"I'm in a situation to win," Downs said. "Any athlete's dream is to get somewhere where you can win and be wanted. I was wanted here. I've been greeted with open arms and I'm excited to start this journey with this group of guys."
Downs' flight from Dallas arrived in Atlanta early Monday evening and he made it to Turner Field just before the start of the series opener against the Rockies. As fate would have it, his debut with his new club came when he entered with the bases loaded and two outs in the ninth.
After introducing himself to his new teammates as he took the mound, Downs escaped the ninth-inning jam by getting Todd Helton to line back to the mound. The 37-year-old reliever then stranded a runner at third in a scoreless 10th inning to earn the win in his Braves' debut.
"That's the fun part about this game," Downs said. "One day you're with a good group of guys and the next day you're in another place with another group of guys. I got to meet a couple of my teammates out on the mound during the ninth inning. I tried to keep it loose and say 'Hey, what's up? Let's go play some ball.'"
With the acquisition of Downs, the Braves addressed their primary need to add quality depth to their bullpen. To make room on the 25-man roster for him, the club designated Kameron Loe for assignment.
"We were excited [Sunday] night when we saw this having a chance," general manager Frank Wren said. "You almost pinch yourself a little bit, because it's still a couple days before the Deadline and you've got a chance to get a key piece, at least a key piece for us. Now we can look to see if we can perfect some other areas."
As the Braves move toward Wednesday's 4 p.m. ET Trade Deadline, they will continue their search for a backup infielder, one who can preferably hit from the left side. But they now have the comfort of knowing they have already satisfied their objective to enhance the depth of their bullpen with a proven reliever.
"Downs is one of the best left-handed relievers in the game," Wren said. "Over the past few years, he's been a guy you know can shut down lefties. But he also has that sinker that allows him to go through a right-handed portion of a lineup. He's a guy we feel real comfortable putting in that seventh or eighth inning."
Downs compiled a 1.84 ERA in 43 appearances for the Angels this season. The 37-year-old southpaw has limited left-handed hitters to a .196 batting average and .255 on-base percentage. Right-handed hitters have batted .286 with a .385 on-base percentage against him.
"He's not necessarily just a left-handed specialist," Braves manager Fredi Gonzalez said. "He can go through some right-handers. We got a guy who has been durable."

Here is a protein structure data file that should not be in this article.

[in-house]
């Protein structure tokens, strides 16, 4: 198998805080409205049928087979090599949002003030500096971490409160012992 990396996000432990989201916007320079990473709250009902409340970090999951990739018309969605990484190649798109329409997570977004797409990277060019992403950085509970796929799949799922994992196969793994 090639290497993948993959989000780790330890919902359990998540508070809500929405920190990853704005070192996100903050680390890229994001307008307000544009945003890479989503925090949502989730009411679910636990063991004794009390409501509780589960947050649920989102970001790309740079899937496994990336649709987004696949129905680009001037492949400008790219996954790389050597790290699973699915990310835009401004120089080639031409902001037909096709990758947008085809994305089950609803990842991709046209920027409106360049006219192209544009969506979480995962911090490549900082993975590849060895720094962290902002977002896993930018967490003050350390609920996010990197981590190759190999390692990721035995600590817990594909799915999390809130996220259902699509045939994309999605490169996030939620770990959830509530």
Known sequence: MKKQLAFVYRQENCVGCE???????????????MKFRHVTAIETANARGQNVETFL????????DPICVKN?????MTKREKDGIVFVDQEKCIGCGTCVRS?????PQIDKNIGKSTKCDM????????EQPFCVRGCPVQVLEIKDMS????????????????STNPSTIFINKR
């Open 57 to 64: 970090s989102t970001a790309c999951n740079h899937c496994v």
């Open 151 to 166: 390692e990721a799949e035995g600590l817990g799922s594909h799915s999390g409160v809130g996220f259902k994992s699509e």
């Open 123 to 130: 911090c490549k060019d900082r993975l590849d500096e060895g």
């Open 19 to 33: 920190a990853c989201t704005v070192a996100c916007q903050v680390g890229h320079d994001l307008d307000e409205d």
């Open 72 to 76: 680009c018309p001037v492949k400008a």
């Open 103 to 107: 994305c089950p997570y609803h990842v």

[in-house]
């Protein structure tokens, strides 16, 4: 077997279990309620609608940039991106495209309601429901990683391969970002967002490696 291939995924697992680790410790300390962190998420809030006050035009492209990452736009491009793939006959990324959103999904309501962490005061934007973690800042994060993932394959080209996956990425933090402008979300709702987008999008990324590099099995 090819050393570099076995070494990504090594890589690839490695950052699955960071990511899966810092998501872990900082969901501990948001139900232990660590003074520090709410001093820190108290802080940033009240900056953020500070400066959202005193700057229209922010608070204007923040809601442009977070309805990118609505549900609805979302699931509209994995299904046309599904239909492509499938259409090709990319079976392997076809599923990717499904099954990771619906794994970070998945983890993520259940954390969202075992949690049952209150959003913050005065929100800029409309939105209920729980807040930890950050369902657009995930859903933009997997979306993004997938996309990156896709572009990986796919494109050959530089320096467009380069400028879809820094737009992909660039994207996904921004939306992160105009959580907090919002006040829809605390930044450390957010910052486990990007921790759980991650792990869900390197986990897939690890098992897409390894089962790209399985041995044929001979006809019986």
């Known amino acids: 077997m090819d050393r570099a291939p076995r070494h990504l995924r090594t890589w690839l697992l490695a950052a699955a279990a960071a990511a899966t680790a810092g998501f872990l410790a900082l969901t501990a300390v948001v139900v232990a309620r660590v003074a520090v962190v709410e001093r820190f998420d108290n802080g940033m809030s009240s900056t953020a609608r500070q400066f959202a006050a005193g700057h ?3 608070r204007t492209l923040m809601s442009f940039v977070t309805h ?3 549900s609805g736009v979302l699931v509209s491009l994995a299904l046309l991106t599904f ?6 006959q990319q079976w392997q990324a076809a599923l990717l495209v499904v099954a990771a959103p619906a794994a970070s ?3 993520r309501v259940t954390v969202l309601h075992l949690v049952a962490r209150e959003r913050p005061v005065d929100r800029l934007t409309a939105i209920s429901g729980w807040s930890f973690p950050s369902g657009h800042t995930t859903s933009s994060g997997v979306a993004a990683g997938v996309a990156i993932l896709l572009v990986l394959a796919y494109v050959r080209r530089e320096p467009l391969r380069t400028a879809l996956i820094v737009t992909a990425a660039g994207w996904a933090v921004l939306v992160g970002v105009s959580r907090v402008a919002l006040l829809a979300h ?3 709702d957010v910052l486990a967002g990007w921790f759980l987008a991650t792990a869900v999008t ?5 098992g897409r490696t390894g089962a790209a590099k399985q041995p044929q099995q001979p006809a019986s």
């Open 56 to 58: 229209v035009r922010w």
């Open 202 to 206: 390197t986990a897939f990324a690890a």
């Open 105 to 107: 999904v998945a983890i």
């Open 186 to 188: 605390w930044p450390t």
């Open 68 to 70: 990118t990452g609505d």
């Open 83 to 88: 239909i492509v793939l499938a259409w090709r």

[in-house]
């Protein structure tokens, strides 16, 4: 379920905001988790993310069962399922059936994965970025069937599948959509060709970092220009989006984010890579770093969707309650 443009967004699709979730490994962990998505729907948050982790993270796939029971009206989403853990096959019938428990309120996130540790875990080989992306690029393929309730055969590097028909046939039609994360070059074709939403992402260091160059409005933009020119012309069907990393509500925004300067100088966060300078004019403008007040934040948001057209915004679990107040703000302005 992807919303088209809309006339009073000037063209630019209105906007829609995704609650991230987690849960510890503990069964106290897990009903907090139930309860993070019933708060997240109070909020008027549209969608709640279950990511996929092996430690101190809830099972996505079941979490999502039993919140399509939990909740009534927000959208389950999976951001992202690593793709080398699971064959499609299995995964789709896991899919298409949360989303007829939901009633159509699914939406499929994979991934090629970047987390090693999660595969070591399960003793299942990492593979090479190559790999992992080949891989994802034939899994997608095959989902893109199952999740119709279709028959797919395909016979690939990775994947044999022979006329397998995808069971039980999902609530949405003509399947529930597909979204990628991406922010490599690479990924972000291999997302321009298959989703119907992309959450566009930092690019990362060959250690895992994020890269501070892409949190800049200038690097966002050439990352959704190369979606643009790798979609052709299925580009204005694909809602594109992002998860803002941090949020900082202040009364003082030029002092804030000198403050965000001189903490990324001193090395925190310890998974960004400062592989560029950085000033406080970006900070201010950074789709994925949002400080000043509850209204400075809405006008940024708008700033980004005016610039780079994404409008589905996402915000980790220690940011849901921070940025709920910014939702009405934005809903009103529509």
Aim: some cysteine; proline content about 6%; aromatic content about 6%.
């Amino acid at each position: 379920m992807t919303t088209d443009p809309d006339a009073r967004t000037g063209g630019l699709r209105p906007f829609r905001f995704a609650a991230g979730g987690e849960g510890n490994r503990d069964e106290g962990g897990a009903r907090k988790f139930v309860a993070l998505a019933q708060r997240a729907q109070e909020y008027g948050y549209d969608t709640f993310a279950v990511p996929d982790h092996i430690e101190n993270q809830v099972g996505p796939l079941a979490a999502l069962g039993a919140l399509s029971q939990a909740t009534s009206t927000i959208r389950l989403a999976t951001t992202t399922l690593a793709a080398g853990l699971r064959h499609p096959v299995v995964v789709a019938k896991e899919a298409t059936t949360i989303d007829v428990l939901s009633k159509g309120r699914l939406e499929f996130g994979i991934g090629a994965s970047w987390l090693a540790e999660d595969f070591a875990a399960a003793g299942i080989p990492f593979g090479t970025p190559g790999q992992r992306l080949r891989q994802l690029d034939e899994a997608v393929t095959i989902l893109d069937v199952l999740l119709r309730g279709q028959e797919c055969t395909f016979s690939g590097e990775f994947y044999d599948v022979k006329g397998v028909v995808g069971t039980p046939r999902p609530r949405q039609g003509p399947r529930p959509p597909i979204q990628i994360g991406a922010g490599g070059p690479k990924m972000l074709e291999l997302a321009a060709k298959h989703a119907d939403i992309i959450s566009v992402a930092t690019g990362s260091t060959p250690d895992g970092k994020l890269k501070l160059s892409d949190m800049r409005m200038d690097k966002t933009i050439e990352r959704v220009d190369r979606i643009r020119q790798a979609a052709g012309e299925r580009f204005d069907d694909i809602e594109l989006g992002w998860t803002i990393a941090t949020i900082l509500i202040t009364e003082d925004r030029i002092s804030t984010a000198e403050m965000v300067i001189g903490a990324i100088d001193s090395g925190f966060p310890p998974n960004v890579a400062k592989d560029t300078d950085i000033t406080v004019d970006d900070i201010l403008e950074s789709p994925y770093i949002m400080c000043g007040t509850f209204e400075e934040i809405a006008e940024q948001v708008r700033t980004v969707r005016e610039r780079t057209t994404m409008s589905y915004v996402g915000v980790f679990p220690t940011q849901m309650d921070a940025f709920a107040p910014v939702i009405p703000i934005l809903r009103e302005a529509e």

Since becoming a fixture in Toronto's bullpen six years ago, Downs has established himself as one of the game's most reliable relievers. The 2.27 ERA he has compiled dating back to the 2007 season ranks as the sixth-best mark among the 156 Major League relievers who have compiled at least 200 innings during this span.
"He's been good since Toronto," Wren said. "When he was acquired three years ago by Anaheim, he was one of the best left-handed relievers in the game. He's a guy you trust. That's a big word for us. When you get late in the game in the bullpen, you want somebody out there you trust. He personifies that."
Downs joins an Atlanta bullpen that entered Monday with a Major League-best 2.62 ERA. His addition allows the Braves to minimize the workload for top setup men Luis Avilan and Jordan Walden over the regular season's final two months.
With Alex Wood currently in the starting rotation, Avilan stood as the only left-handed presence in the Atlanta bullpen, which has persevered since its prized left-handed setup men Eric O'Flaherty and Jonny Venters both underwent Tommy John elbow reconstruction surgery in May.
Avilan entered Monday having already compiled 42 innings in 48 appearances. The 24-year-old posted professional highs in both appearances (47) and innings (97) while spending last year with Double-A Mississippi and Atlanta.
"Our primary need for the last month or so has been a left-handed reliever to take some of the burden," Wren said. "Some of the guys have stepped up pretty well from the right side. But we had just the one [left-hander]. Avilan has done a tremendous job. But guys can wear thin during the last couple months of the season."
Downs is owed approximately $1.6 million over the remainder of this year, and he will become a free agent at the end of this season. With this in mind, the Braves did not have to give up as much to get Downs as they would have for their other top left-handed relief target, James Russell, who is in the midst of his first arbitration-eligible season with the Cubs.
Rasmus showed plenty of promise while compiling a 1.37 ERA in the 37 relief appearances for Triple-A Gwinnett this season. The 25-year-old right-hander's success this season has distanced him from the frustrations he encountered after the Braves took him in the first round of the 2006 First-Year Player Draft. A shoulder injury sidelined him for all of 2007 and limited him to four appearances in 2008.